Garlic Clam Bread
1
loaf
Main
Course
Print Recipe
Ingredients
Directions
Ingredients
1
French-style baguette or loaf of Italian-style white bread, or similar
Jump
4 oz
unsalted butter, softened
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1
6- to 8-ounce can chopped clams, drained, with liquid reserved
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5
cloves garlic, peeled and finely chopped
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Finely grated zest of 1/2 lemon
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1 tbsp
finely chopped chives
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2 tbsp
finely chopped parsley
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¼ c
grated Parmesan cheese
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Salt and finely ground white pepper to taste
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Like a shortcut version of linguine alle vongole, Tony Liu’s garlic clam bread from the Queensboro relies on a delicious compound butter that can also be applied to hot pasta or steamed greens or just, like, spooned into your mouth. It recalls the canned goods of his Hawaii youth, his deep experience with Italian cooking, and his instinct for crowd-pleasing flavors and presentations.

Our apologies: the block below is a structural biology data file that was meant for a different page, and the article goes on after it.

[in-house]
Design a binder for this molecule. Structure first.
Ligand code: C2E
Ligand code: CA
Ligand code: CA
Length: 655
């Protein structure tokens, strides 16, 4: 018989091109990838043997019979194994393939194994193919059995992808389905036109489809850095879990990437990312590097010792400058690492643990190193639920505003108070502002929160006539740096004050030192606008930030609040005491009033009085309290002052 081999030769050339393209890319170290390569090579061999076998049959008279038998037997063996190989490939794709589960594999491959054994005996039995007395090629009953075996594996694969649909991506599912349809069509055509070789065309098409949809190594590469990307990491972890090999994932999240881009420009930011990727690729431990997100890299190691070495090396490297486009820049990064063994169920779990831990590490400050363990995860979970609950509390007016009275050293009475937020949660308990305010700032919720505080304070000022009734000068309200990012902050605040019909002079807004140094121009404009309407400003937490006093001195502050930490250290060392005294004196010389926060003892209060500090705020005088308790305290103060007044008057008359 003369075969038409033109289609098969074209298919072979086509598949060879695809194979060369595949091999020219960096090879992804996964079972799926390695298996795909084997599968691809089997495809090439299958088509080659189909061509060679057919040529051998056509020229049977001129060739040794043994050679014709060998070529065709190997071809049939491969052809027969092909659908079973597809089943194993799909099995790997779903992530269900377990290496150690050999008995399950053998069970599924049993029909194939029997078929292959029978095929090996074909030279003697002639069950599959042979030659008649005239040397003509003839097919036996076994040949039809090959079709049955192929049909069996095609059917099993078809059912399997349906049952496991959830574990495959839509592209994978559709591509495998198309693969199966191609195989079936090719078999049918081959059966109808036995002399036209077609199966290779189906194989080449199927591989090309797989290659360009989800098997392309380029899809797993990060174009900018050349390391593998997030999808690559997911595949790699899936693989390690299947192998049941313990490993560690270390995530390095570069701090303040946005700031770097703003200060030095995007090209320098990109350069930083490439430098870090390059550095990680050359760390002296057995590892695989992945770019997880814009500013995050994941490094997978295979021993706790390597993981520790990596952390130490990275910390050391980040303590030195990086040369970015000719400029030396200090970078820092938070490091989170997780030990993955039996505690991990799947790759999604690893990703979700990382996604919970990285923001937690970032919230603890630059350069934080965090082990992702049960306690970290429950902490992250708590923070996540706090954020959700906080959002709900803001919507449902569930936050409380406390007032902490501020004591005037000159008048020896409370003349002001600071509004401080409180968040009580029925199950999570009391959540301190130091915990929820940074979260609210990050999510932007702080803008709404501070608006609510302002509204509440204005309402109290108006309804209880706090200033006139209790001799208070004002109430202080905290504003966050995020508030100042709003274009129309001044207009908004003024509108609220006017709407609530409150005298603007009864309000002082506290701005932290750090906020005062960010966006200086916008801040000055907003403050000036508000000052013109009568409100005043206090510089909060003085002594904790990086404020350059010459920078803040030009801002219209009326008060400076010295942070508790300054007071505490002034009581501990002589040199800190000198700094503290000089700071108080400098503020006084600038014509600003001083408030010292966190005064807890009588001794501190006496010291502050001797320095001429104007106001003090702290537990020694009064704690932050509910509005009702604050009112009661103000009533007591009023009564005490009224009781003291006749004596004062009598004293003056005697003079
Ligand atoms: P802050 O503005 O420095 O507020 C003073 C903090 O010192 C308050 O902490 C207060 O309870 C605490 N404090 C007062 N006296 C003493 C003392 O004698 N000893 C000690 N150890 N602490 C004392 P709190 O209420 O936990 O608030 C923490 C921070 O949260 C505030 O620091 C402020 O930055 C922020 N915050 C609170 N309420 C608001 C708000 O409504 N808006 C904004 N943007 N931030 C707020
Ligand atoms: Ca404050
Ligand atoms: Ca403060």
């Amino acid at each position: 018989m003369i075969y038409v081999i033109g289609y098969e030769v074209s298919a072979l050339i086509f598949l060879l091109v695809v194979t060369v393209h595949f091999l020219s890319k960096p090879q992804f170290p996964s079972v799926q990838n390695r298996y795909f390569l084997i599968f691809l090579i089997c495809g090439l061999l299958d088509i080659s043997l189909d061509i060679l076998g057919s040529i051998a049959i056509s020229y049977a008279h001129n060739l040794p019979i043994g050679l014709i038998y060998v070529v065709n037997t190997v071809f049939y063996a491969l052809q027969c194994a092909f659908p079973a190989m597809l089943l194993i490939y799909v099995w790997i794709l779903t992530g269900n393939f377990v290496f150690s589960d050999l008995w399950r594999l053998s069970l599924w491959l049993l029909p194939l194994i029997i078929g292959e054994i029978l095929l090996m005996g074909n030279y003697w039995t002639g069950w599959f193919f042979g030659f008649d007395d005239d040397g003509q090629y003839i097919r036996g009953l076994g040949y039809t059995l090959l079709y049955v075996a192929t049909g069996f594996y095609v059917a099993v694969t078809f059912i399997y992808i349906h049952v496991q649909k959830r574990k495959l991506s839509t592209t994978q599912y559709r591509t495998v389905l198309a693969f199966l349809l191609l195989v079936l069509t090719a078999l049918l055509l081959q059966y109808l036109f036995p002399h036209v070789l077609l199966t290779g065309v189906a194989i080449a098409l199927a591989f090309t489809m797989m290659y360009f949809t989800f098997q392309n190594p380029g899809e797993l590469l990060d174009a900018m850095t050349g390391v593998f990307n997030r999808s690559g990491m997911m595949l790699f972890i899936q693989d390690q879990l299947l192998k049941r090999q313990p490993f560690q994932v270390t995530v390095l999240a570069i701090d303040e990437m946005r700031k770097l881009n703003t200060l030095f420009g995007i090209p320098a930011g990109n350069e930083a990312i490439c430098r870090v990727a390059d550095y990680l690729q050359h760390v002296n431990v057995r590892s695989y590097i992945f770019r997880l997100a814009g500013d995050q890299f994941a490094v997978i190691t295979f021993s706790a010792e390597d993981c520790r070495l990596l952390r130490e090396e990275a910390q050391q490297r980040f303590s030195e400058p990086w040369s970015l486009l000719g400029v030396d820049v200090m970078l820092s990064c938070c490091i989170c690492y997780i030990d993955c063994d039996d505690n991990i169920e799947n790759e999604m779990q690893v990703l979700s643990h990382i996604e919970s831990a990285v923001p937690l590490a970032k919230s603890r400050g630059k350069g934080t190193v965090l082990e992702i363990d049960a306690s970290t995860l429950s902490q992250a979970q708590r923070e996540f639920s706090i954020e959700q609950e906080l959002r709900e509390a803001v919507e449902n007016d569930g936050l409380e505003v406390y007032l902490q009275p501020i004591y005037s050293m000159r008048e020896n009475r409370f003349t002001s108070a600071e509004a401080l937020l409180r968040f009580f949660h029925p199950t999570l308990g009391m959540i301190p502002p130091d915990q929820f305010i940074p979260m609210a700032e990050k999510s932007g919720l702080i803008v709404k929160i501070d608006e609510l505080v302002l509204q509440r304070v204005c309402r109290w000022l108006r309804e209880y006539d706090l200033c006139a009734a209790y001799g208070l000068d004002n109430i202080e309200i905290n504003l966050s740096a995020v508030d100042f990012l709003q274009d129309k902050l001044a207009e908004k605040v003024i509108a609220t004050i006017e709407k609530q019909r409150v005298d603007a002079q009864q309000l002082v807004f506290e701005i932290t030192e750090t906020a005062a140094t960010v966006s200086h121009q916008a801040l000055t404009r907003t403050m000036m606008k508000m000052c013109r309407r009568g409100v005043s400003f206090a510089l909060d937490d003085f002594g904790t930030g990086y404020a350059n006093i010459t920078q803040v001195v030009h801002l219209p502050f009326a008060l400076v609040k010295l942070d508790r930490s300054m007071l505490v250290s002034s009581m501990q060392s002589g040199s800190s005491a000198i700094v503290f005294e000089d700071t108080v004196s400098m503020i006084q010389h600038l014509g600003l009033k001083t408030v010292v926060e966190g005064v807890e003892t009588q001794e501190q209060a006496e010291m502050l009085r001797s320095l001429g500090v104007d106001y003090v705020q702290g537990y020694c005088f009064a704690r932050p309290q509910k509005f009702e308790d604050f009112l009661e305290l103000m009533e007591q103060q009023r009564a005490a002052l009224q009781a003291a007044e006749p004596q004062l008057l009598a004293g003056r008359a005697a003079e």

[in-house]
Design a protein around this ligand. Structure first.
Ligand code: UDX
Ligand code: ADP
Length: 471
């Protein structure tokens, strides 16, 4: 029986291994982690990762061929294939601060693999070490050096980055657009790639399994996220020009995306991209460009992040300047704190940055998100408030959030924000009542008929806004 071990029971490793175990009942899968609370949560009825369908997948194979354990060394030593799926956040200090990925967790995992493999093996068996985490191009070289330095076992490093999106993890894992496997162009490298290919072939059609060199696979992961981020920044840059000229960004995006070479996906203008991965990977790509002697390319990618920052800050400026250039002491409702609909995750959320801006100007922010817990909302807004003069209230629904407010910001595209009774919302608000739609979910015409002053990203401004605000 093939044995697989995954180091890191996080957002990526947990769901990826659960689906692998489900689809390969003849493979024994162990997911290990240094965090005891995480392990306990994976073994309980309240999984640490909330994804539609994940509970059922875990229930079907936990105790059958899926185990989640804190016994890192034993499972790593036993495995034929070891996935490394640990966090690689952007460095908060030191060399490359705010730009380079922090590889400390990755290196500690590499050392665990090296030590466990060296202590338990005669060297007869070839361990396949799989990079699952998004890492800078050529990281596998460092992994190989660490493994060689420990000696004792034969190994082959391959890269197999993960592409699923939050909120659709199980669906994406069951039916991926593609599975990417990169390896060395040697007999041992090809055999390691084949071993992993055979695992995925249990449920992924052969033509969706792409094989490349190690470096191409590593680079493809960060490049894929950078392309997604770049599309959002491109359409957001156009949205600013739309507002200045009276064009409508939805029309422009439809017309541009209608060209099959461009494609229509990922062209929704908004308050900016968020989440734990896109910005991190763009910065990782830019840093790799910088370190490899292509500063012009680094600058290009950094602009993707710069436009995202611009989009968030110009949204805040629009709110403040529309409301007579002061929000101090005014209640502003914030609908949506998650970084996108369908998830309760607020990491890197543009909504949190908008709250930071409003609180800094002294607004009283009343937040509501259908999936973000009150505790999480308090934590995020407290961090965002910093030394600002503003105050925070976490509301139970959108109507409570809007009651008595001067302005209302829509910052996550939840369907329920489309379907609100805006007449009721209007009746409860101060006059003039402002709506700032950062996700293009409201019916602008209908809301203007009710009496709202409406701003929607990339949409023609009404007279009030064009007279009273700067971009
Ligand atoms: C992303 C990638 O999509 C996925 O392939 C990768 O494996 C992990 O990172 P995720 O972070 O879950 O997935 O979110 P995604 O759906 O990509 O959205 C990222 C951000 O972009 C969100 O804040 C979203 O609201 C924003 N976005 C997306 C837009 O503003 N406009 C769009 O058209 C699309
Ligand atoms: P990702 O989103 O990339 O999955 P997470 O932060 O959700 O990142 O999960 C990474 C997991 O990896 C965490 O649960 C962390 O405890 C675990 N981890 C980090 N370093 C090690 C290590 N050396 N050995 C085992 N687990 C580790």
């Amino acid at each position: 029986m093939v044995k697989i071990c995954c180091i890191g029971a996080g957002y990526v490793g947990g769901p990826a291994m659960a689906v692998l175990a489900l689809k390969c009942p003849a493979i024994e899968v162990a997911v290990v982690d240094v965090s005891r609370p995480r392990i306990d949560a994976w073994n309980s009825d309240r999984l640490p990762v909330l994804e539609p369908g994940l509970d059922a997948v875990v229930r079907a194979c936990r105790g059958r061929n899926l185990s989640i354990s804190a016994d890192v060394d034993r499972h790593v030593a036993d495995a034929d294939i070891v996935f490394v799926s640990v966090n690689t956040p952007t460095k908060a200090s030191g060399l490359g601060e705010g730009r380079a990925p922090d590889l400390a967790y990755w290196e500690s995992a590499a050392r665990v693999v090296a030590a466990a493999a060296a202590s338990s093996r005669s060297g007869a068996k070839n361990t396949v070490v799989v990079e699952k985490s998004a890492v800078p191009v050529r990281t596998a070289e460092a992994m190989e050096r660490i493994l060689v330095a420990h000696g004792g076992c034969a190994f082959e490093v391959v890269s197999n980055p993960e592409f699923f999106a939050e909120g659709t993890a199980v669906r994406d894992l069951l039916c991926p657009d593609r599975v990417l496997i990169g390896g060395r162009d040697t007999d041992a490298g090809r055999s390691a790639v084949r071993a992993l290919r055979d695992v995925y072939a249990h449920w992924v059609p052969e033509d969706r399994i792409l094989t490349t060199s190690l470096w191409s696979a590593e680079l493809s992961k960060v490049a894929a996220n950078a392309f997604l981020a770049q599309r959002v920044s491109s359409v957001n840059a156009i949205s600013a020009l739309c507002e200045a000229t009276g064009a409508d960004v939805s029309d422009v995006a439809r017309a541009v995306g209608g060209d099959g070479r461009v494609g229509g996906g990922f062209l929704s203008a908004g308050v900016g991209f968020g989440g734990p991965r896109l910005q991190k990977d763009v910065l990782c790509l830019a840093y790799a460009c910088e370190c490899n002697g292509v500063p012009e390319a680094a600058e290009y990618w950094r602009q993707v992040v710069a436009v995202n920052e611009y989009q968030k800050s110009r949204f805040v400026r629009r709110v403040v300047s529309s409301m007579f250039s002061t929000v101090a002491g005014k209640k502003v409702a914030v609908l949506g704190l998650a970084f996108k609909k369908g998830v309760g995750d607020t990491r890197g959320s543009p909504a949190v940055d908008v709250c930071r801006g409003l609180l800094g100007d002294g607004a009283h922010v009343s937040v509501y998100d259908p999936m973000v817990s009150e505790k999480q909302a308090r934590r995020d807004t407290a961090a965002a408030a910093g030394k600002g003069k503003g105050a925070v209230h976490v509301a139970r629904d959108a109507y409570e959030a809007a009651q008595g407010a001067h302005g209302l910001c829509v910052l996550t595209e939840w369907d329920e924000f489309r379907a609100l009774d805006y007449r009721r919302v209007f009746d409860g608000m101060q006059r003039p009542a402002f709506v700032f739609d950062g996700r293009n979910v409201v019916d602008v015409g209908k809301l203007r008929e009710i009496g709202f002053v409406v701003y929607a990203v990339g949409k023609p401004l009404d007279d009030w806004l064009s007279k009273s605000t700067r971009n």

Directions

  1. Slice the bread in half lengthwise so that it opens like a book. If it's a very moist or soft loaf, toast it for about 20 minutes in a 250°F oven, which will dry it out and keep the compound butter from sinking straight through and deflating the bread as it cooks. This is more an issue for the Italian-style loaves, which tend to have the structure of marshmallows or fluffy, happy cat dreams.
  2. While the bread dries, transfer the clam liquid to a small saucepan and bring it to a simmer. Reduce it by half, keeping a close eye on it to make sure it doesn't sizzle away. Once it's reduced, remove from the heat and let it cool to lukewarm, then fold into the butter, along with the clams, garlic, lemon zest, herbs, cheese, and salt and pepper to taste.
  3. Slather the butter generously onto both open sides of the loaf, and toast, buttered side up, in a 300°F oven until the cheese has formed a crust and the whole thing is maddeningly fragrant. Serve right away.

Laurie Woolever

Laurie Woolever is a writer, editor, and right-hand man to Anthony Bourdain, with whom she co-authored Appetites: A Cookbook in 2016. She is a graduate of Cornell University and the professional culinary program at the French Culinary Institute (now known as the International Culinary Center), and her writing has appeared in the New York Times, Los Angeles Times, Food & Wine, GQ, Saveur, Dissent, Lucky Peach, and more. Woolever was formerly an editor at Art Culinaire and Wine Spectator. She lives in New York.

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